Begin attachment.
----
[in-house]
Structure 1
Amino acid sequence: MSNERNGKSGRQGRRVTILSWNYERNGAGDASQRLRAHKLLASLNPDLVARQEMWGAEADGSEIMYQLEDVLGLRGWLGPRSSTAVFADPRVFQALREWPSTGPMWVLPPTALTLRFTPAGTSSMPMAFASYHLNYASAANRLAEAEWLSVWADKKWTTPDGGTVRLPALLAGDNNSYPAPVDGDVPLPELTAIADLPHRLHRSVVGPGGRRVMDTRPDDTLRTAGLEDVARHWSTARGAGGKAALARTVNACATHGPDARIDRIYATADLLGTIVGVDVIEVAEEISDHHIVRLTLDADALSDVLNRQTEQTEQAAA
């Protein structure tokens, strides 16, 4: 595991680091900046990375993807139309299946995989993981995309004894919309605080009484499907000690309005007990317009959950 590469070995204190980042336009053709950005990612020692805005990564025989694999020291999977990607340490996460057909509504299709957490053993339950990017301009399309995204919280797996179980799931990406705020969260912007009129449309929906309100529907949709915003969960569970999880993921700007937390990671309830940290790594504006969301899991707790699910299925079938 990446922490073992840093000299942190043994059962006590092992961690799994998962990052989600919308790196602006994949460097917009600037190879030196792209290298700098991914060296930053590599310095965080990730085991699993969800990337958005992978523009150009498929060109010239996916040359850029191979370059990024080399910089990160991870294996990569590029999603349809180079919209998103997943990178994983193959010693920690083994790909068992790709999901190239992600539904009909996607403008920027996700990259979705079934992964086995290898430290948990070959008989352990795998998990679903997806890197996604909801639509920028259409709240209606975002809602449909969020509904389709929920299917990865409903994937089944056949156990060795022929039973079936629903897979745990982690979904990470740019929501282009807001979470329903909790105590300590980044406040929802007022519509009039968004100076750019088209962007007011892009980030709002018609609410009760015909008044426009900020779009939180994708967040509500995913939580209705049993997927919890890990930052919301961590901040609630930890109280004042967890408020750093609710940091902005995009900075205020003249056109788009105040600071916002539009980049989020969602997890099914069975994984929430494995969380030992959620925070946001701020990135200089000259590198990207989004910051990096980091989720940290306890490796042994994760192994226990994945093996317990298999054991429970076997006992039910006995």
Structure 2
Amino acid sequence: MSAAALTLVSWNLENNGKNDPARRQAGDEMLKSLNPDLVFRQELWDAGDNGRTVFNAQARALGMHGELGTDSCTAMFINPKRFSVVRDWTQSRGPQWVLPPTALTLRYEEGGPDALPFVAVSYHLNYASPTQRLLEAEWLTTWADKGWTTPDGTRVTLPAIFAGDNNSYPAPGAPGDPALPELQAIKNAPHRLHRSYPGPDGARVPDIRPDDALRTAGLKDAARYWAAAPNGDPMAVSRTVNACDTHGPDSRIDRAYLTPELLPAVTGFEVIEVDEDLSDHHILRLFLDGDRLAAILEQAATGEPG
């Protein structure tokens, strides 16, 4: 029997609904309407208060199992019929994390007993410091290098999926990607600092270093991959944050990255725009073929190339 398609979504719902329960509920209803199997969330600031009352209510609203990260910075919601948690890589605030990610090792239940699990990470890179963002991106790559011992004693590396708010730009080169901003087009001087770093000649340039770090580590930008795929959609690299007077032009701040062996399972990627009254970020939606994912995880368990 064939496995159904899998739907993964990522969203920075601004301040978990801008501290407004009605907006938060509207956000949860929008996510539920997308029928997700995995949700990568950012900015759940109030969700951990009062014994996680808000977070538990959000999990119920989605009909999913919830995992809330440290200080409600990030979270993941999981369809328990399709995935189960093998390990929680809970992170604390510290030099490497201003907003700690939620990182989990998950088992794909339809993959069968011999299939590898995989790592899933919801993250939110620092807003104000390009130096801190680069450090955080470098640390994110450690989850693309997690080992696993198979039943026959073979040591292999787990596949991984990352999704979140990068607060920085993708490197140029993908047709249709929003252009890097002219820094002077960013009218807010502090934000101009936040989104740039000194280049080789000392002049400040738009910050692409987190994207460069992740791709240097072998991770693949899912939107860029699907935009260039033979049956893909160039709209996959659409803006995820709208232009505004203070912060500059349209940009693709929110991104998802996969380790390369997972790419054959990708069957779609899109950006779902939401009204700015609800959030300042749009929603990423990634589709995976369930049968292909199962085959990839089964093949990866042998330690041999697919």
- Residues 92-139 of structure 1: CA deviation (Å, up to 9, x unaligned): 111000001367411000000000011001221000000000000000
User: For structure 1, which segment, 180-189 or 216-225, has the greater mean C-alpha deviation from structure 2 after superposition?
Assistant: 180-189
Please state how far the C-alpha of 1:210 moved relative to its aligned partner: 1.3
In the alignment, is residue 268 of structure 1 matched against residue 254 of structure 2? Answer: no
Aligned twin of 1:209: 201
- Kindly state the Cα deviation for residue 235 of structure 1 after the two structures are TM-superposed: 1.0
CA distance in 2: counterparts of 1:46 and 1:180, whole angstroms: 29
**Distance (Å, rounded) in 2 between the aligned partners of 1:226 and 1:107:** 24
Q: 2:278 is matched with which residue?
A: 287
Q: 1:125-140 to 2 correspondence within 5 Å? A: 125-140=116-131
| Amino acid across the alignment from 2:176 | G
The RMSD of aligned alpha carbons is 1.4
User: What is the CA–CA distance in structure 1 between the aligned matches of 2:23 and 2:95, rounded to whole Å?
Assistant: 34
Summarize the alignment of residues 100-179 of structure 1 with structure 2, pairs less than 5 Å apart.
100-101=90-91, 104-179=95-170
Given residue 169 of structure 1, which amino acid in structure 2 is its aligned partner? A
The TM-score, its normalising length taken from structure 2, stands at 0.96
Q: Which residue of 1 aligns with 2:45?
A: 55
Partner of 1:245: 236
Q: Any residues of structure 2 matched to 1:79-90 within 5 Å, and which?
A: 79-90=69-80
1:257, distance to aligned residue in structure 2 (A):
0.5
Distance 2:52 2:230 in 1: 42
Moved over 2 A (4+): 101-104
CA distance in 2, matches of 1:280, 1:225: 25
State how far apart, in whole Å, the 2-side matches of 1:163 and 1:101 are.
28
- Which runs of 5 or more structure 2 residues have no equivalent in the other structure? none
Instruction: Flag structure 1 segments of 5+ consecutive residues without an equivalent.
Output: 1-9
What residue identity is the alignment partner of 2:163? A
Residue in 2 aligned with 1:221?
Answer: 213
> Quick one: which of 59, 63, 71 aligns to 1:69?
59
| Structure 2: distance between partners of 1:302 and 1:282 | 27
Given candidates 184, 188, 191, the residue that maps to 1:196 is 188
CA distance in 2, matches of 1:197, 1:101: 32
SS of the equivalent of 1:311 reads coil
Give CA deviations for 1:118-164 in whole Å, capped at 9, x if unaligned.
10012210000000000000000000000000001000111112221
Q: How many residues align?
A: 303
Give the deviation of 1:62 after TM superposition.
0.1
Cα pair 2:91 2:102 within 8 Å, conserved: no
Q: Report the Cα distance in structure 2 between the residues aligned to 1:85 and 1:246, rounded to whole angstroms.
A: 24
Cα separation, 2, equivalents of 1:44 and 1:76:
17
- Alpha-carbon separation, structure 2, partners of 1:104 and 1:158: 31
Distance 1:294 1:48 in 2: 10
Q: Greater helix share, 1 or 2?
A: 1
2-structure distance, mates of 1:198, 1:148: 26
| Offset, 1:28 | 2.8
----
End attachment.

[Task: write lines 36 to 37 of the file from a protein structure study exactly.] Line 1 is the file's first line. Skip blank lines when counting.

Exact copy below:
Moved over 2 A (4+): 101-104
CA distance in 2, matches of 1:280, 1:225: 25